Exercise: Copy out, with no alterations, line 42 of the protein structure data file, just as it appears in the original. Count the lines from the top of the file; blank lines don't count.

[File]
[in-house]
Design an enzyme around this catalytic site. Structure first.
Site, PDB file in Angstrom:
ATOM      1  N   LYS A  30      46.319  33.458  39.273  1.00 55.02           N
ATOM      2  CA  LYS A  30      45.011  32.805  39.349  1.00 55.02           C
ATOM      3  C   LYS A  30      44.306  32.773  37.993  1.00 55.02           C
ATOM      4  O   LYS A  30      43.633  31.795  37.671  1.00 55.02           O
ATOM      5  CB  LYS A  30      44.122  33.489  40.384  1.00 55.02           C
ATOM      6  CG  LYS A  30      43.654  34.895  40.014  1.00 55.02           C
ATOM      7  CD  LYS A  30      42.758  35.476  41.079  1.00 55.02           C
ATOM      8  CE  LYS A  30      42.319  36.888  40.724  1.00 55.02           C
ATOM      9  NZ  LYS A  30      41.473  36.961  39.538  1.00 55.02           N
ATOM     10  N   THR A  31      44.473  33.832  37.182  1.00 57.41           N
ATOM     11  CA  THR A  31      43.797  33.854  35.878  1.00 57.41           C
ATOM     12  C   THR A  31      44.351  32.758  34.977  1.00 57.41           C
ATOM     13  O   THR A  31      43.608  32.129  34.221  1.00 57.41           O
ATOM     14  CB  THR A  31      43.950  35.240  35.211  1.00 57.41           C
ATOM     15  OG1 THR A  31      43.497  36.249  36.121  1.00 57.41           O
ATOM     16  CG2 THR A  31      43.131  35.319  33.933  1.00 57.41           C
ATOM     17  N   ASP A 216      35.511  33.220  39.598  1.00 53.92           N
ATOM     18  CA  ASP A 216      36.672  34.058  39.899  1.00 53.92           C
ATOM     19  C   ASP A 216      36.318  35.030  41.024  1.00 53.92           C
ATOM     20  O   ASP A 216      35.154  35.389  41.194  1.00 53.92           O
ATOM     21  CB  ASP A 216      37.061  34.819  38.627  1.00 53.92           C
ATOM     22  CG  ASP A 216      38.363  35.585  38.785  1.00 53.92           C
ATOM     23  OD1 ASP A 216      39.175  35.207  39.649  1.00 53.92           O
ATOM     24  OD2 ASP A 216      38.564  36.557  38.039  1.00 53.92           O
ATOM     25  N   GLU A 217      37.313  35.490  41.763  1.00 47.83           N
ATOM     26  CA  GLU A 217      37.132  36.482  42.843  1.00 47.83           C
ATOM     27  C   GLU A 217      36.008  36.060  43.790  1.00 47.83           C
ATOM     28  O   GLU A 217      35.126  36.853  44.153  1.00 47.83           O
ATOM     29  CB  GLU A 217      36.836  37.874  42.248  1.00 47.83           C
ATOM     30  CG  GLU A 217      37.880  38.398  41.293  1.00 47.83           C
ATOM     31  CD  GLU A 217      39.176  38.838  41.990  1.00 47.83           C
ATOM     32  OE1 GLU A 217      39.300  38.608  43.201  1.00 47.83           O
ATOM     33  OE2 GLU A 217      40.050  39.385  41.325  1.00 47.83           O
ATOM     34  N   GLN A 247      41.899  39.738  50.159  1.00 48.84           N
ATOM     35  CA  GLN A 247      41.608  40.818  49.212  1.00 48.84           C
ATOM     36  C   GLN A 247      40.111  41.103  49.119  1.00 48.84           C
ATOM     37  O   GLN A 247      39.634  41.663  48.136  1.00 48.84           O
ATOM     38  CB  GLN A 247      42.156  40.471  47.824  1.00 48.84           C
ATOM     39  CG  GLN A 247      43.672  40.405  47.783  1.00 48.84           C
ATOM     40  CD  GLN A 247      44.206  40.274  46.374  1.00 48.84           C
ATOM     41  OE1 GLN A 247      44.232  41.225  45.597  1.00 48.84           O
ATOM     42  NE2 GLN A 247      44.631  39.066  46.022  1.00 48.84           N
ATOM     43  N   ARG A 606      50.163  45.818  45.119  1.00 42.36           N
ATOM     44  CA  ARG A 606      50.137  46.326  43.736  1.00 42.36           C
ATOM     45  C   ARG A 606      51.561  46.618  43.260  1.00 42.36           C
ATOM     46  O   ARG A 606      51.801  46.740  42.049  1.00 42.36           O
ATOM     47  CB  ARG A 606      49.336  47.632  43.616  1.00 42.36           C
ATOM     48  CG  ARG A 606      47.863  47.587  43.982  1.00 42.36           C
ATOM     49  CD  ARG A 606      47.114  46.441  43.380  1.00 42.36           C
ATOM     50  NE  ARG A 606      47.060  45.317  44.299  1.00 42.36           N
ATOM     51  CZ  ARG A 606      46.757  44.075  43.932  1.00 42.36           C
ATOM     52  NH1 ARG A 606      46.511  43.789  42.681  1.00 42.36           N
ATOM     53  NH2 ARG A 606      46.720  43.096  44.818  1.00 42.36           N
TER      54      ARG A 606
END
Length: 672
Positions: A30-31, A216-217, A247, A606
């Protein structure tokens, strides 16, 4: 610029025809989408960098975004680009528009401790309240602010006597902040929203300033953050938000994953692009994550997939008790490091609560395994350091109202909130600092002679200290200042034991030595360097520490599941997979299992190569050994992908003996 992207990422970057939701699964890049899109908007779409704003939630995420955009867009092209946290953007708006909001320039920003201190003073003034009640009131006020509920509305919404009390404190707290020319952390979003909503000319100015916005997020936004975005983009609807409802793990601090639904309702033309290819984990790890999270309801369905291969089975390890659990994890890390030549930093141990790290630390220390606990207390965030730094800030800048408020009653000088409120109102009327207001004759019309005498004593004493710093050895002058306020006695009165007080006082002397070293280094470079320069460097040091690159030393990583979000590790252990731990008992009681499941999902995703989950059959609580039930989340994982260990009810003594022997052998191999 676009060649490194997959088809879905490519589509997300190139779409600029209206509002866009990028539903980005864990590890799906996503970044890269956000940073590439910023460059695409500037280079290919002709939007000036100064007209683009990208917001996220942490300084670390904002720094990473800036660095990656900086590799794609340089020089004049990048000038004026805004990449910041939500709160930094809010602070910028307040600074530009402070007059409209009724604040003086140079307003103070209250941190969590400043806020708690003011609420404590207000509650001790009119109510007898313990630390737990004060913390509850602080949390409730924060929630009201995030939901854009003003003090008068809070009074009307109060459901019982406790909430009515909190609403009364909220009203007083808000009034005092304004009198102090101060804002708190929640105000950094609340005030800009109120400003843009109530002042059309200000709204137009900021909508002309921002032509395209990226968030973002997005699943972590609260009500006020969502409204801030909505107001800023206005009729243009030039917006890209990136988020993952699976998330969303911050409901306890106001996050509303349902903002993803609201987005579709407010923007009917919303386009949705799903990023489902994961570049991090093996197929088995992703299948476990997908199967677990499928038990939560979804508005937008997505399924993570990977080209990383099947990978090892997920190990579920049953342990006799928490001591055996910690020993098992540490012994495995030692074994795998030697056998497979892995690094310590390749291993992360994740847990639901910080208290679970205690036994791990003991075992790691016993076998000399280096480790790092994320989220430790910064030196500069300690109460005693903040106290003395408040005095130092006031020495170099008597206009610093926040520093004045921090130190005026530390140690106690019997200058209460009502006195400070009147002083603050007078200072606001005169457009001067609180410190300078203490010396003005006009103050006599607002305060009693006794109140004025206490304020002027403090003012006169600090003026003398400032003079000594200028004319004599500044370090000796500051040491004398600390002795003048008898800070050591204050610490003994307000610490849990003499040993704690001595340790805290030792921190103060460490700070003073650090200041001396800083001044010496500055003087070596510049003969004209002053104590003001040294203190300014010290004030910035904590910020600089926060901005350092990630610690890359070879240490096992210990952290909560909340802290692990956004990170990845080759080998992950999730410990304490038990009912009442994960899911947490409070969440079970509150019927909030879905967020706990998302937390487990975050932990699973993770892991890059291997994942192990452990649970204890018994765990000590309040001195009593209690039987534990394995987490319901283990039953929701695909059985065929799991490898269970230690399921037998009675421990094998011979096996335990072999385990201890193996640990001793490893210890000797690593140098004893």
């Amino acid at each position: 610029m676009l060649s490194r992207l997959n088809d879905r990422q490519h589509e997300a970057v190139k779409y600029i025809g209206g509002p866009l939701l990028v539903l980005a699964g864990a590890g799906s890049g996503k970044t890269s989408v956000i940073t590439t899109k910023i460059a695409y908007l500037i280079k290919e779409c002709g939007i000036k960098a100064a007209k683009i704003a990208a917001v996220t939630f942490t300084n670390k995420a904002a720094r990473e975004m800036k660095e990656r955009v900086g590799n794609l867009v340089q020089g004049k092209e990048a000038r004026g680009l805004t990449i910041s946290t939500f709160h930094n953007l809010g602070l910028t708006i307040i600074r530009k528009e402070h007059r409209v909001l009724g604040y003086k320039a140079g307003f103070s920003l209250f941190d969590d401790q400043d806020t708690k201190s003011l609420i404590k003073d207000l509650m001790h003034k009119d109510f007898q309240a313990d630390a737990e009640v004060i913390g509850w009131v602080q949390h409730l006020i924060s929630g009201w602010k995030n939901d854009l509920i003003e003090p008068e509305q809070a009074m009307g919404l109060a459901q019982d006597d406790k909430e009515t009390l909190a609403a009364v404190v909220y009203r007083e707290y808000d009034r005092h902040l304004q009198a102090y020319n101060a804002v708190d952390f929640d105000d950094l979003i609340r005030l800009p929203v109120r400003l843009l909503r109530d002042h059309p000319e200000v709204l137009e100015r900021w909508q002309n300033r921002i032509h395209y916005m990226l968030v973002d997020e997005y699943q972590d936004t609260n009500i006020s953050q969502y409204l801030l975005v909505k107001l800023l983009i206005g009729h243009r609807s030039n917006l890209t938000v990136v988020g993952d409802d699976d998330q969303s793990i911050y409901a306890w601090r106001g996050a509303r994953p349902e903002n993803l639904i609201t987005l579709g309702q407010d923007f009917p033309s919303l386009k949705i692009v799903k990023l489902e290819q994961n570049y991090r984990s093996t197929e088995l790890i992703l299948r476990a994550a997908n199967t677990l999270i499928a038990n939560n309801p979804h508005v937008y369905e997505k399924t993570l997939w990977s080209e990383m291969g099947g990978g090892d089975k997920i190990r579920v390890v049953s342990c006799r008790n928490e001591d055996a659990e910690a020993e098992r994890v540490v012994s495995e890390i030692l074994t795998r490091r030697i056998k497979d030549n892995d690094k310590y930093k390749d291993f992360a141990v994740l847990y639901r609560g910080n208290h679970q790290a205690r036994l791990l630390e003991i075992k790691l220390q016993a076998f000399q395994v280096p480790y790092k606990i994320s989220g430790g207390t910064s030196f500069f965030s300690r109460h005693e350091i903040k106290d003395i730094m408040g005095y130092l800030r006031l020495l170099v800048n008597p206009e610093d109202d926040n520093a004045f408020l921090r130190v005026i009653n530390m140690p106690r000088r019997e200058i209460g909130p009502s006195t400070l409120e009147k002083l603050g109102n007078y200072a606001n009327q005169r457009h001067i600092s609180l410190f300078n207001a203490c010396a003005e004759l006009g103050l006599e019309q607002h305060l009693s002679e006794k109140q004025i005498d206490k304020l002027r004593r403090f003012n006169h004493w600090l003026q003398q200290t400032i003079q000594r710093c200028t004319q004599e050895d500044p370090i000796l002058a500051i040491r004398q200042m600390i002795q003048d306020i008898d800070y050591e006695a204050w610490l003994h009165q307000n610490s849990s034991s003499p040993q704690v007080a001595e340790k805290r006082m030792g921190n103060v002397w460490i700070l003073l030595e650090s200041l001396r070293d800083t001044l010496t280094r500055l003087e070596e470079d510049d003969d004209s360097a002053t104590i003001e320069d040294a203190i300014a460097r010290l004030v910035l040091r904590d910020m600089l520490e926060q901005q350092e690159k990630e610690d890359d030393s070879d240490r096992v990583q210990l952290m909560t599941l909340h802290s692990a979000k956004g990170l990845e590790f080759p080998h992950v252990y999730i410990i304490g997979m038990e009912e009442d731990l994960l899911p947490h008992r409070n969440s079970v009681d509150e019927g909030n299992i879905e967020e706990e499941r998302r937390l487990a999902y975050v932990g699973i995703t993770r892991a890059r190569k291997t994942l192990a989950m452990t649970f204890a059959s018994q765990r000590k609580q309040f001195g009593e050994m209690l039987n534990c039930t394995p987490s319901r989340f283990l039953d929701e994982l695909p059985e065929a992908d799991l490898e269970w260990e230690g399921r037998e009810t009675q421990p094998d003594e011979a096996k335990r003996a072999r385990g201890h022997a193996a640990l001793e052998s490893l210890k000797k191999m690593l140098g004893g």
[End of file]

ATOM     39  CG  GLN A 247      43.672  40.405  47.783  1.00 48.84           C